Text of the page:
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5 myths brands still believe about millennials

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5 myths brands still believe about millennials

Brands are pretty close to desperate to understand millennials. The so-called Generation Y or Millennial Generation, which groups those born in the 80s and the early 90s, is the object of desire of companies: they are the next big group in the labor market (which will make them become in decision-making consumers since they will be the ones who are spending the most) and they are also one of the most attractive consumer groups how to find the location of mobile number in pakistan  due to their characteristics that the market has had to face in recent decades. However, brands and companies do not understand these consumers. Millennials have little to do with their parents or older siblings and are diametrically different from previous generations. For those responsible for human resources, this is causing them great problems, since they do not understand what these young people are looking for when they face the labor market (their value scale is different and they value intangibles such as happiness over things like high income). For marketers, the situation is no easier.

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Millennials are changing how they shop and what they expect from brands. In order to change, they have even changed how supermarkets are , which now have to comply with very different demands from those that had been imposed years ago. Some experts have already pointed out that brands fail to reach millennials because they base their communication with them on clichés and are unable to go beyond these preconceptions. Among the things that brands must do to attract millennials , is to be closer, look cool and, above all, abandon preconceptions about what members of the Millennial Generation are like. There are 5 great myths about millennials, as shown by a Forex Email List column in Forbes that has launched to extract and dismantle them. And, as they recommend, brands should ‘de-learn’ them to succeed among these consumers. Millennials are narcissists This is one of the most common in millennial folklore. After all, as they remind us from Forbes , they are the generation that has made selfies a trend and that the word has become part of the general vocabulary. But limiting to selfies what it is to be a millennial is a mistake, because in reality the Millennial generation shows a high interest in others.

Statistics show that millennials care (and a lot) about the environment, the global community, and social justice. And that is what they ask and demand from brands. A study by Iniciative showed that millennials expect brands to do good things . And one from FutureCast concluded that these consumers are more open to buying products from brands that support causes. In fact, many of the brands that triumph among consumers of this generation are companies with a conscience. Millennials go for the cheap stuff Big mistake: brands are confusing thoughtful purchases with purchases that only seek the lowest prices. Millennials are the most affected by the severe economic crisis. They are those who have lost their jobs, those who have not made their debut in the labor market and those who have been left without a clear and stable future. Therefore, when they buy, they do not waste money. They research and compare, which makes them shop smarter.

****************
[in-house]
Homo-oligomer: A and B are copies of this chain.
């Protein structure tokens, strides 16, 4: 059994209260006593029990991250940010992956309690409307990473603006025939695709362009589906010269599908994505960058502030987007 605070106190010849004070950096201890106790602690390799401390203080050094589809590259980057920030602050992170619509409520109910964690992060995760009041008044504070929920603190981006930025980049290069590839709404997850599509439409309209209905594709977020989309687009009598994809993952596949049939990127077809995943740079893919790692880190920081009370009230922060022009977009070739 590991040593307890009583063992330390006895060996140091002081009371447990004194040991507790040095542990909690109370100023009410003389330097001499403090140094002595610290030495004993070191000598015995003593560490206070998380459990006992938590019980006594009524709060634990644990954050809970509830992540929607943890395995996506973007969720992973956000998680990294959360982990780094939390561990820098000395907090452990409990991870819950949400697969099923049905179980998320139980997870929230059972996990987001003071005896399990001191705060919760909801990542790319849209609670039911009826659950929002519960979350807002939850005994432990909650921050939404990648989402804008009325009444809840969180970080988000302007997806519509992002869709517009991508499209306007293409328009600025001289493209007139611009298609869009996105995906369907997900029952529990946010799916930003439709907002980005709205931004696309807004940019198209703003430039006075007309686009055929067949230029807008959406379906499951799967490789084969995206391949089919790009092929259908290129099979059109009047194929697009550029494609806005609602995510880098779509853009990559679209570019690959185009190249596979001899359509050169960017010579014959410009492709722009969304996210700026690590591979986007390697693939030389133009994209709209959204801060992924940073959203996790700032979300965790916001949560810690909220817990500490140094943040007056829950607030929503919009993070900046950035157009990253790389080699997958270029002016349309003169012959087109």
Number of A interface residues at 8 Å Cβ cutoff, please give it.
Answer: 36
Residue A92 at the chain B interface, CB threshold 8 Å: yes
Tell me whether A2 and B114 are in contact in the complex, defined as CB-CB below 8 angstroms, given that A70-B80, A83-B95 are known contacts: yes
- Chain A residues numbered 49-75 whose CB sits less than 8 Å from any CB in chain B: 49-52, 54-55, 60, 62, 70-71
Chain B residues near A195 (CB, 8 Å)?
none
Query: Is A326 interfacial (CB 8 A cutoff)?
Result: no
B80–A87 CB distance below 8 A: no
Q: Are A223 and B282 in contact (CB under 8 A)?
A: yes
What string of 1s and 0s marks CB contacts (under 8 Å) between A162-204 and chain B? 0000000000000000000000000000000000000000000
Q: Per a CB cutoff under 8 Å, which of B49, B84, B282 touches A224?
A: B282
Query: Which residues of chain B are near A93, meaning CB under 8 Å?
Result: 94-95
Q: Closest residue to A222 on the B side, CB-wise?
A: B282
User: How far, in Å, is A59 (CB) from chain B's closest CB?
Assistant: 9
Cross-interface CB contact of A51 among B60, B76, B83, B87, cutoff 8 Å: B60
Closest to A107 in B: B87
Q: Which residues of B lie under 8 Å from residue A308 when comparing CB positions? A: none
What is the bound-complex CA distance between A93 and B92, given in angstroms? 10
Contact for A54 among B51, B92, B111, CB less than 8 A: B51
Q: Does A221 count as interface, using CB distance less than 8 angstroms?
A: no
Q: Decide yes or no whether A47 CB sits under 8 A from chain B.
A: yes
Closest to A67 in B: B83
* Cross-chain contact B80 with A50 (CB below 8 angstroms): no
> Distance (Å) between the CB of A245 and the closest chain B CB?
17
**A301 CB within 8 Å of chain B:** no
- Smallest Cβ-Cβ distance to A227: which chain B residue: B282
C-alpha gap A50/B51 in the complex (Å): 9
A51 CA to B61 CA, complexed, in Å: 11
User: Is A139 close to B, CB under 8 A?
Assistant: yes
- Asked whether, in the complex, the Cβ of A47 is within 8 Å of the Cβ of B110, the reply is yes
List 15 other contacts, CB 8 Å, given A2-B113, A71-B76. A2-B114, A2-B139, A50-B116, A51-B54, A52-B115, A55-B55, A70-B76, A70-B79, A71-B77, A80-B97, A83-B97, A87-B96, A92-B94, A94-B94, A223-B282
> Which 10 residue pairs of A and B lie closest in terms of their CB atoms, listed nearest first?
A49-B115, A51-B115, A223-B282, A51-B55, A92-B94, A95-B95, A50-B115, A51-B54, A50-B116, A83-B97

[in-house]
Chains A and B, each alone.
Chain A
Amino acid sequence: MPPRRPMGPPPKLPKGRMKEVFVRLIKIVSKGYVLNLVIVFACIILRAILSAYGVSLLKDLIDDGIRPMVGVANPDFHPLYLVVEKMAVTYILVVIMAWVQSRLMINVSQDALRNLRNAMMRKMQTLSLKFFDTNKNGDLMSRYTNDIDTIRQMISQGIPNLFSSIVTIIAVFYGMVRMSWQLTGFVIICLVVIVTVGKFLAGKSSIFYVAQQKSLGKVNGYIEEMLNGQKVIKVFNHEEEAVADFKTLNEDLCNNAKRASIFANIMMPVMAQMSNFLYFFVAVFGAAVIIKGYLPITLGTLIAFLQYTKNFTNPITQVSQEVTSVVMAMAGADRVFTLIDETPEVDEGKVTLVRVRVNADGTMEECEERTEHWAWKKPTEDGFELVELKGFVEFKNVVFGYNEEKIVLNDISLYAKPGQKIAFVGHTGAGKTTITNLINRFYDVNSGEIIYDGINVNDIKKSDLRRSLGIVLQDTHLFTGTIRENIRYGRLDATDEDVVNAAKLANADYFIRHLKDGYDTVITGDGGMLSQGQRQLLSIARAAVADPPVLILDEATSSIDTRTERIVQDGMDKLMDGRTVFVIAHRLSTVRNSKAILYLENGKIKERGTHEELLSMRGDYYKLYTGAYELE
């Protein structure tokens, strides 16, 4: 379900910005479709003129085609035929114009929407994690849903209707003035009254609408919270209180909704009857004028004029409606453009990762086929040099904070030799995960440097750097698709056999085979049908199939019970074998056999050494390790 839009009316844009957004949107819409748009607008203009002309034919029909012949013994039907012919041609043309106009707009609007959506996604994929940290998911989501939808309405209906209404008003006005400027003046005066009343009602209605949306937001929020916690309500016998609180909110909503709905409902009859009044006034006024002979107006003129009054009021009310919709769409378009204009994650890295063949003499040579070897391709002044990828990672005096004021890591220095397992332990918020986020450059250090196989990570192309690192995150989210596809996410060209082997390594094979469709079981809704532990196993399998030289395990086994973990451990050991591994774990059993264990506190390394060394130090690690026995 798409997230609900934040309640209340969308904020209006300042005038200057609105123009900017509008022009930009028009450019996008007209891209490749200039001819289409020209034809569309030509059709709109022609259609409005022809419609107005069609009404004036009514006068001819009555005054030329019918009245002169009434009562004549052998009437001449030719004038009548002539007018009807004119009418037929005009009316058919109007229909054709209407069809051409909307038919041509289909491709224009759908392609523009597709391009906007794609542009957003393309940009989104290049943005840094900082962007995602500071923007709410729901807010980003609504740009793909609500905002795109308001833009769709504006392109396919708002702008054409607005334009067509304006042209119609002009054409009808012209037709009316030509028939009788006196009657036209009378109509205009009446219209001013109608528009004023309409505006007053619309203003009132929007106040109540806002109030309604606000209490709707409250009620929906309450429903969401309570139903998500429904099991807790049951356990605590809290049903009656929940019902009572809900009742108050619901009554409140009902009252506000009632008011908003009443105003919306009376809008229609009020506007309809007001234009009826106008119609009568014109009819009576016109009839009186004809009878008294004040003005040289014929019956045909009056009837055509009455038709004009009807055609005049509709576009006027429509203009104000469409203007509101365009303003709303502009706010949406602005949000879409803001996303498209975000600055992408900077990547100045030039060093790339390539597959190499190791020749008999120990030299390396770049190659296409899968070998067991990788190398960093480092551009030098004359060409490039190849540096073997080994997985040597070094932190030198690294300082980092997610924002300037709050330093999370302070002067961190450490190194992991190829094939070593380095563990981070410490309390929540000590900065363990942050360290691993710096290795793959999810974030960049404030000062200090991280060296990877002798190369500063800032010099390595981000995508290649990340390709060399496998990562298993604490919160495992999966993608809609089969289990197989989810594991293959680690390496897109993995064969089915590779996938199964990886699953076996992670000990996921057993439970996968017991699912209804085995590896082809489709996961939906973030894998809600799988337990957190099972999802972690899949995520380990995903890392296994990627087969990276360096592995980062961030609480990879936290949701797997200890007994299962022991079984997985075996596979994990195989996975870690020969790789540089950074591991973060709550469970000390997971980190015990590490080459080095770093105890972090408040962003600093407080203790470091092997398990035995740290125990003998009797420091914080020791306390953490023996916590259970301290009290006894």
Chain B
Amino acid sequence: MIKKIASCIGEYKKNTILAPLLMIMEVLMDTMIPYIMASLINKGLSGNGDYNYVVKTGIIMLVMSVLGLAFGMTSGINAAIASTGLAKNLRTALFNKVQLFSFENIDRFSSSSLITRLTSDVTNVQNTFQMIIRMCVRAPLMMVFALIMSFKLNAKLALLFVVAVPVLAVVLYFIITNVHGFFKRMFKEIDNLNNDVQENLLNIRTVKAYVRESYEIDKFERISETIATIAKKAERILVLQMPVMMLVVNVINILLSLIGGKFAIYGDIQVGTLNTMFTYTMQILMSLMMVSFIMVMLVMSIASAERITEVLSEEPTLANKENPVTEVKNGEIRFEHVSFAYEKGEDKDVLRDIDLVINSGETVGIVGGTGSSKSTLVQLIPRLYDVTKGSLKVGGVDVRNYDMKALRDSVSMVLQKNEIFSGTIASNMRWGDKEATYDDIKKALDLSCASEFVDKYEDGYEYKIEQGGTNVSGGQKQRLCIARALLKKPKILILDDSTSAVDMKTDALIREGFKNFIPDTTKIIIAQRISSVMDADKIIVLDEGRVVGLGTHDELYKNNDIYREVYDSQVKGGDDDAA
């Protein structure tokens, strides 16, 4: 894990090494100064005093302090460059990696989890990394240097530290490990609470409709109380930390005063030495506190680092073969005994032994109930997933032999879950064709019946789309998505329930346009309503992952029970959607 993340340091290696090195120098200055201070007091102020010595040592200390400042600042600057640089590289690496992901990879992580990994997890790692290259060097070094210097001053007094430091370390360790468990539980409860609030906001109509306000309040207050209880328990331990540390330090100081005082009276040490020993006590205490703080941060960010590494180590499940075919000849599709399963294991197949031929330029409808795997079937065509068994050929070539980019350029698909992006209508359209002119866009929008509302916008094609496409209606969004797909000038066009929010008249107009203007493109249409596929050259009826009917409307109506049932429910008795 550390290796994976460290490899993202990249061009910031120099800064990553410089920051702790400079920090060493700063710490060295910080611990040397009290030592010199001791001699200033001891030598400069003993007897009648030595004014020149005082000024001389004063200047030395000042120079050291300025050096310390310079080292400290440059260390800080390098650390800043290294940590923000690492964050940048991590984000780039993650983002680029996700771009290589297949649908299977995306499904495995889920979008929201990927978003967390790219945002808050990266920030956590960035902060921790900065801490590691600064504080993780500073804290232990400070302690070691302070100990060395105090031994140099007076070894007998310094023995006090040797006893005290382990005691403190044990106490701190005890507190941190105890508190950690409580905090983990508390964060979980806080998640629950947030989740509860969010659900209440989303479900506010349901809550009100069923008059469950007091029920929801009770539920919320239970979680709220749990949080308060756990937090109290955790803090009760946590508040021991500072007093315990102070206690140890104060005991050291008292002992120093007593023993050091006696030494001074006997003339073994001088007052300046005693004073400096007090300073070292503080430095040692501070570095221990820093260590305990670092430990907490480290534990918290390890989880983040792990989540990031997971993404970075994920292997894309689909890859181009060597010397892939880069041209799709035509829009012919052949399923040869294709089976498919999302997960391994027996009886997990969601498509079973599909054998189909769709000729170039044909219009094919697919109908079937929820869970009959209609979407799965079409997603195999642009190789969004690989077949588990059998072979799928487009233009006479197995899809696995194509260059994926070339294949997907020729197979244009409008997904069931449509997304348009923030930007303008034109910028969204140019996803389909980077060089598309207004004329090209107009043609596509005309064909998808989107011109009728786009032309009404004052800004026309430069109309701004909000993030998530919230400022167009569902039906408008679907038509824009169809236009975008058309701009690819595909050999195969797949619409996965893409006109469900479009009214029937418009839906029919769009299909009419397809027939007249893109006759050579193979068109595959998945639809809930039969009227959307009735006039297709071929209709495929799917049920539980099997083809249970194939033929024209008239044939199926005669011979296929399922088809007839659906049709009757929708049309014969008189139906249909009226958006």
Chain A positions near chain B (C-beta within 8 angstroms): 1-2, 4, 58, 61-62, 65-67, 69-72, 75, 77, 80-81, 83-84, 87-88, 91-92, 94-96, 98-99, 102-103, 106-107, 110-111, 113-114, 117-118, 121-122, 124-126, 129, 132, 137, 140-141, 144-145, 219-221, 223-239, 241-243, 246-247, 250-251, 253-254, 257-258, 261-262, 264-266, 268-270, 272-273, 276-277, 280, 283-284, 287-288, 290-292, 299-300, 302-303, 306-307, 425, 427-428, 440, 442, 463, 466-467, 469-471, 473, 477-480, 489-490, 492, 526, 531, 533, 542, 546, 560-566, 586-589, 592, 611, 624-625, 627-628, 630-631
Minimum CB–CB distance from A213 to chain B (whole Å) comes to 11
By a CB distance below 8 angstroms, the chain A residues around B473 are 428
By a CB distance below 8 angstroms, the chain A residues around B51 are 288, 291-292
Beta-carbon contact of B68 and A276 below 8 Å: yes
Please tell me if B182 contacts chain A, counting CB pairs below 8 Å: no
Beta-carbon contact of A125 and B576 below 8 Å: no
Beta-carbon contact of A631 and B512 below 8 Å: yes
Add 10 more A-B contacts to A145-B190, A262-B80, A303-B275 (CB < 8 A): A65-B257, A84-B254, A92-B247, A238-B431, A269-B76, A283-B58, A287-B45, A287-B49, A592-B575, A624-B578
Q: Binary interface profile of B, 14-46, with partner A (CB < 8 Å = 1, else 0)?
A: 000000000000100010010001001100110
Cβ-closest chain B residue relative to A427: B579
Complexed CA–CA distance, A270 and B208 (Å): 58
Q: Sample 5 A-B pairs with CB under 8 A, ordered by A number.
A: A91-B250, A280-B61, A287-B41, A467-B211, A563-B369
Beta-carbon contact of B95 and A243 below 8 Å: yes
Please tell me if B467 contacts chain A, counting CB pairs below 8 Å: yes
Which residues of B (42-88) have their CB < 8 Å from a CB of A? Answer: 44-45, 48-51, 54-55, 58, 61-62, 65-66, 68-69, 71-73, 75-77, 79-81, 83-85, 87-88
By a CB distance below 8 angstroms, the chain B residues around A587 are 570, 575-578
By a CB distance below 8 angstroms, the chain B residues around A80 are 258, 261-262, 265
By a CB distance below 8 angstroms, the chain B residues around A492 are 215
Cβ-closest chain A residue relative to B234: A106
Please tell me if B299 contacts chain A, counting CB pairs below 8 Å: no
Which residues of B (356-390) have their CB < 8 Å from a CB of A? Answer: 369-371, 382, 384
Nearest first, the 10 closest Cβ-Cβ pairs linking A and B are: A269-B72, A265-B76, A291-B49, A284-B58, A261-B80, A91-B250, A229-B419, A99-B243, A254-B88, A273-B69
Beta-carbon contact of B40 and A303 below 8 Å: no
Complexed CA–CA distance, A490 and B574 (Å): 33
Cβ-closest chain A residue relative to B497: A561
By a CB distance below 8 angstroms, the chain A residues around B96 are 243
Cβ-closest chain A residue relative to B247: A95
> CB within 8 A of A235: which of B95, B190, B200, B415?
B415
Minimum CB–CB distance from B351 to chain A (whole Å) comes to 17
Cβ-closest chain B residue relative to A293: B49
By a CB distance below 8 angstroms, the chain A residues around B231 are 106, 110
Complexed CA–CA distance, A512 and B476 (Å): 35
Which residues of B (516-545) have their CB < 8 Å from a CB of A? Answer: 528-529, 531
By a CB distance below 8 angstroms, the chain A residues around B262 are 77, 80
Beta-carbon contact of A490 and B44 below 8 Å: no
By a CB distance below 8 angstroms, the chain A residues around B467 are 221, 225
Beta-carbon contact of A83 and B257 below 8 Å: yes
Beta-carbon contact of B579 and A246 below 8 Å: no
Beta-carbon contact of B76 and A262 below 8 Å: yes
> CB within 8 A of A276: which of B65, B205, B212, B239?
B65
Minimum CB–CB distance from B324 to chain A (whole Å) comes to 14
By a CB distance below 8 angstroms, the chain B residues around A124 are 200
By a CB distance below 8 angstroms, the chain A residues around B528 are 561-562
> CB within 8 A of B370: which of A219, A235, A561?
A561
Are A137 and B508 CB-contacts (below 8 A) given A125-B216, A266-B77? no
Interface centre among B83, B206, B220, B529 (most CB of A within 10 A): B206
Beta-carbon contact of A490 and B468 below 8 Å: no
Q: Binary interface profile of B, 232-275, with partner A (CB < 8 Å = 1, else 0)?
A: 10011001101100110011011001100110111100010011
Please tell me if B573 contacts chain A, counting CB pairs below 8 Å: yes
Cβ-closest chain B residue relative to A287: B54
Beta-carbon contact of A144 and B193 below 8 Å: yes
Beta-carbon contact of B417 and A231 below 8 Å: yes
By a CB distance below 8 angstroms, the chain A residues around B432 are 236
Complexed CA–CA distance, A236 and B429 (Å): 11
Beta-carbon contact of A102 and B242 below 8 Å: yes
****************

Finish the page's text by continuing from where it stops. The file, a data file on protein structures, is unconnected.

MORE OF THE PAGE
That does not mean that they are not willing to buy expensive things, which they are, but that they will only do so under certain conditions. They expect brands to offer added value, to be beneficial, and to conform to their values. Millennials are free spirits Statistics show that millennials do not marry, do not buy houses (they are quite reluctant users of banking services) and that they value traveling and learning about other cultures more than settling in one place and establishing a future path. Millennials are therefore free spirits? Or maybe not. The question, as they point out in Forbes , is that brands continue to think about settling down as they would with respect to their parents’ generation (stable job, marriage, couple of children, home). For millennials settling down is something different and the scales of things to do are different. The family, for example, is approached in a different way: Millennials do not marry, but that does not mean that they do not live as a couple or have children.

Millennials don’t make big purchases And if they do not settle like traditional consumers, millennials are not buying cars or houses, those acquisitions that fall within the large purchases that move large amounts of money. The truth is that statistics show that this is not exactly true. Millennials do make purchases that involve large outlays of money. For example, 42% of American millennials expect to buy a car in the next year. What, then, is the difference between these consumers and those of previous generations that makes it appear that they do not buy this kind of product? The point is, before buying the car or the house was something that was taken for granted, a kind of rite of passage. However, for millennials, it is only a response to a need. They will only buy any of these items when they really need it. Millennials aren’t brand loyal It’s not that millennials aren’t loyal to brands, it’s that what makes them loyal is completely different from what keeps previous generations loyal. For example, they value change and variety. They are not loyal to a brand that always offers them the same. To get millennials to commit to and follow a brand’s loyalty program, a brand has to promise not only linear benefits but also a few surprises.

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